"I immediately ordered the new MacBook Pro, which is more central to my own computer life," Wozniak said.
Wozniak has a history of critiquing the company he helped launch with Steve Jobs 37 years ago. In the past, he has
and complained about the battery life of the iPhone 4S.
"Although I receive a small salary from Apple, I do virtually no real work at the company," Wozniak disclosed in a 2010 interview.
Hand in hand as many as 200-300 people formed a human chain outside the St Anthony’s Church adjacent to the District Police Lines at the Empress Road, in a show of solidarity with the victims of the Peshawar church attack two weeks back, which resulted in over a 100 deaths. The twin suicide attack on All Saints church occurred after Sunday mass ended and is believed to be the country’s deadliest attack on Christians.
Aside from basic survival, the pursuit of happiness is arguably one of the most fundamental concerns of every human being on the planet (not to mention a driving force behind the $10 billion-a-year self-help industry). But according to Cornell cognitive psychologist Shimon Edelman, we’ve been going about it backwards.
Edelman, author of The Happiness Of Pursuit: What Neuroscience Can Teach Us About The Good Life, tells The Huffington Post that the way we tend to chase happiness is much like the way we drive our cars.
Citing a metaphor from Marvin Minsky, one of the fathers of artificial intelligence, Edelman explains that, much as we don't pay attention to the nitty gritty mechanics of how a car engine works -- preferring instead to focus on the more nebulous idea of keeping our cars "running well" -- we also don't think about the specifics of our brain function. We want to be happy, but we don't even really know how happiness functionally works.
Advice on how to be happy is everywhere -- but rarely do these words of wisdom help us to actually become happier. According to Deepak Chopra, the wealth of research and literature on happiness that's come with the explosion of positive psychology hasn't gotten us very far in understanding our own emotional lives.
“We know very little about what it takes to be happy, and a lot of what we know is wrong,” Chopra wrote in a San Francisco Chronicle blog post. “This seems to be the conclusion of some voices in the movement known as positive psychology."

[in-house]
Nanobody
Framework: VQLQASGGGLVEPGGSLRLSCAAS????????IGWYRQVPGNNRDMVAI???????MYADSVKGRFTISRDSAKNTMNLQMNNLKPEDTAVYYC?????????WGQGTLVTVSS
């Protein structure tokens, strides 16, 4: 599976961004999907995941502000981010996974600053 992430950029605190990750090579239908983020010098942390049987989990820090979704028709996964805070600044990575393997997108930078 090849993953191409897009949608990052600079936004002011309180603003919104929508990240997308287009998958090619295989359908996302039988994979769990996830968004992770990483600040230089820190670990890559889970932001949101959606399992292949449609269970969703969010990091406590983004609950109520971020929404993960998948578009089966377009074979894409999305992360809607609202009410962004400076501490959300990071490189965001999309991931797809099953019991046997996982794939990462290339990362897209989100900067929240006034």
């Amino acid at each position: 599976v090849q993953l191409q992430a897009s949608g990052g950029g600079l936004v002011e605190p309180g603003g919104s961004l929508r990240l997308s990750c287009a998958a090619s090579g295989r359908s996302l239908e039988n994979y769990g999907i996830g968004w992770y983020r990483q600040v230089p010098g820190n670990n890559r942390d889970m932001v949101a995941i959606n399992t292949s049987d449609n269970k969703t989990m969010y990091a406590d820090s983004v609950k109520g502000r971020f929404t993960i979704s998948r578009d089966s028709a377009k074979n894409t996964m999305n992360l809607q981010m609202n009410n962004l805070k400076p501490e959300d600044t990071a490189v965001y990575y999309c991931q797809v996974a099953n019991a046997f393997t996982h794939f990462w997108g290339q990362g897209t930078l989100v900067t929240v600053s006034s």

According to Edelman, understanding the workings of our own minds can help us to comprehend not only the nature of happiness but, perhaps eventually, how to optimize the brain for well-being. Recent developments in cognitive science have shed light on how positive emotional states (including pleasure, happiness, and euphoria) occur in the brain -- and why we're hardwired for happiness.
“In the past 10 years, neuroscience has witnessed a revolution. We used to treat the brain as a black box into which very limited glimpses were available, but we are starting to comprehend the basic principles within which the whole thing operates," says Edelman, explaining that these simple principles are accessible to anyone who's interested in getting to know his or her own mind.
Such an understanding could yield great benefits: By Minsky's analogy, we can understand how to better drive our cars by better understanding their engines. And by comparison "getting to know the way the brain works in an intuitive, statistical manner," as Edelman puts, can help us to optimi
WASHINGTON — The police said a shooter was killed Monday morning after a shooting that inv...
The new Miss America made history on Sunday night when she became the first contestant of Indian ...
Four men were sentenced to death by an Indian court on Friday for the gang-rape and murder of a y...